Comment by Bring the pain:
"There are plenty of countries offering 8% - do some research. Rest of the world in a bear market - obviously you are a Sepo and think the whole world (America) is in a bear market. American property is in a bear market because you have a retarded financial and banking system flow on effects include high unemployment, low GDP and unsustainable housing market due to dodgy loans. Bear markets are the best time to buy in a business cycle you moron. Having an asset depreciate in value means you lose money benny boy; get a grip on your economics. Again, the quality of housing in Japan is shocking. Who wants to live in a rabbit cage made out of plasterboard. Good luck getting 12% for a 1dk piece of rubish, good luck keeping the piece of rubish standing for more than 2 years. Rather buy a house in Swedan, houses made out of brick, stable banking system, and no earthquakes. If you want to lose money in Japan buy an investment property".
This is not a response to anything I wrote - but its worth answering. It is true that there are countries offering more than 8% yield. Unfortunately, they are outside of my area of interest because it does not make sense as an individual to have property in too many countries because I'd need to employ staff to manage them.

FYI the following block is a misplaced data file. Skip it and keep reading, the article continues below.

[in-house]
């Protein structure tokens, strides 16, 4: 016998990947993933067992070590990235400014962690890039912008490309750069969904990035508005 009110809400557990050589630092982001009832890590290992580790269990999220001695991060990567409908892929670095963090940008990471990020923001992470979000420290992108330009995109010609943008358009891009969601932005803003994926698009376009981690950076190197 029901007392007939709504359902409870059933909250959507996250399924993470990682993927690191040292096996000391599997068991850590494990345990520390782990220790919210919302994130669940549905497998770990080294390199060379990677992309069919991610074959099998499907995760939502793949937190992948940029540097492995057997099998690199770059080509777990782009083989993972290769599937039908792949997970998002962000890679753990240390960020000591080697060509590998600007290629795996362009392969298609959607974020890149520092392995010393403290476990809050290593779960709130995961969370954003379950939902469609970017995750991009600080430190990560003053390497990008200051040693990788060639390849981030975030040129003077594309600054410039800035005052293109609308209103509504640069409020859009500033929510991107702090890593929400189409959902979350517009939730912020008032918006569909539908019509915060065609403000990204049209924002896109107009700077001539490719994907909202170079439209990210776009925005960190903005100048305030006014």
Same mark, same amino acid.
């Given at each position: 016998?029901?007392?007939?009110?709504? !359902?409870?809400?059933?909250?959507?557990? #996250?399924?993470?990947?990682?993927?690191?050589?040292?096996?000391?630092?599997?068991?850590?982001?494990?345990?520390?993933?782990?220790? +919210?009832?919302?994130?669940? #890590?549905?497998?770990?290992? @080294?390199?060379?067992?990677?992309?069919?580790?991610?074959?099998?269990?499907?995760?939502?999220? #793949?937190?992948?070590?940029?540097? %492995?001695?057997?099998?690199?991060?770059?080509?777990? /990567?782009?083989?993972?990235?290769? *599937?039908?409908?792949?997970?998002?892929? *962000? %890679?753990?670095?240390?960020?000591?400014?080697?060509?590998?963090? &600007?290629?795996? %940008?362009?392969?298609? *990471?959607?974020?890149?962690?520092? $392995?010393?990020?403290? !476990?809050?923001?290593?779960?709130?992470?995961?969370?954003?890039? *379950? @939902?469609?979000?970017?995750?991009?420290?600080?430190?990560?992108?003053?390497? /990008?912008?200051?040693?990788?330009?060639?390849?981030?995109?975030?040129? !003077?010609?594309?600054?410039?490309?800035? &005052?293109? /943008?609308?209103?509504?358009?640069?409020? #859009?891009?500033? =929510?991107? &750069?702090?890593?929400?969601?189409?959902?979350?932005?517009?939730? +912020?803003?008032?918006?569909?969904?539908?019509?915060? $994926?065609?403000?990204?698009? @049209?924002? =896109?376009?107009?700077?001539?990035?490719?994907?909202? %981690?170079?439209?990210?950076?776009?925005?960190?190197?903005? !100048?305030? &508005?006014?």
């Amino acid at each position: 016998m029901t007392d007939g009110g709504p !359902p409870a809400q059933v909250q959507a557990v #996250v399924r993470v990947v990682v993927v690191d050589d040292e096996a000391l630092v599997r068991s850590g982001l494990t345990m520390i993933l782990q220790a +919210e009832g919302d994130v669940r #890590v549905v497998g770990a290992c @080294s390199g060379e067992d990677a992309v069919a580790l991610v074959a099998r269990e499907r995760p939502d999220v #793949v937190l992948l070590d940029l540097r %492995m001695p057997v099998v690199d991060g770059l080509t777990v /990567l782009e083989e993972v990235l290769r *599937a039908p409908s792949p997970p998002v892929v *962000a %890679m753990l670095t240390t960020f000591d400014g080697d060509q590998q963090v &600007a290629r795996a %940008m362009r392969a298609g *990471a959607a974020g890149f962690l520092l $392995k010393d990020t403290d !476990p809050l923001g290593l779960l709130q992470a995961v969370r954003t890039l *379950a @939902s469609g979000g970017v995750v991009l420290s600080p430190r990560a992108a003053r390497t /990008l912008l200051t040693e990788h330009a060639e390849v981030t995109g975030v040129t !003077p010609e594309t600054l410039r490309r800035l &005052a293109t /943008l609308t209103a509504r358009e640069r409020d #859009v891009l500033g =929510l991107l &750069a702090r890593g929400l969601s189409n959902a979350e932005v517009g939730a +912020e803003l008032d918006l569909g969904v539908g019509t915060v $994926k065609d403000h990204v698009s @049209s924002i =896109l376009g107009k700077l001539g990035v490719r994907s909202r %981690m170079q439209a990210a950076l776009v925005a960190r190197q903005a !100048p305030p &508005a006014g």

It is a gross generalisation to say that the US market is 'over-priced', as there are many areas in the USA where the affordability index is 2-3, compared to cities where it can be as high as 10x annual income. The trick then is to find those areas which offer a reasonable balance between lifestyle values and affordability, or reliable rental income and adequate yield, if that is important. Good online marketing can make the difference as well.
It is true that Japanese properties do depreciate rapidly; but that's why you buy property which is old, say 10-12 years old, thus 60% depreciated, and its more than offset by a 12-13% yield. This is most particularly the case in Japan where you can get a local loan and the ability to leverage your investment. The reality is that many people want to live in Japan, and for good reason. Personally, I did not by there for the yield, I bought for the lifestyle. But I was happy to help my ex-Japanese GF get a property from which she gets a 13% yield - its paid off now.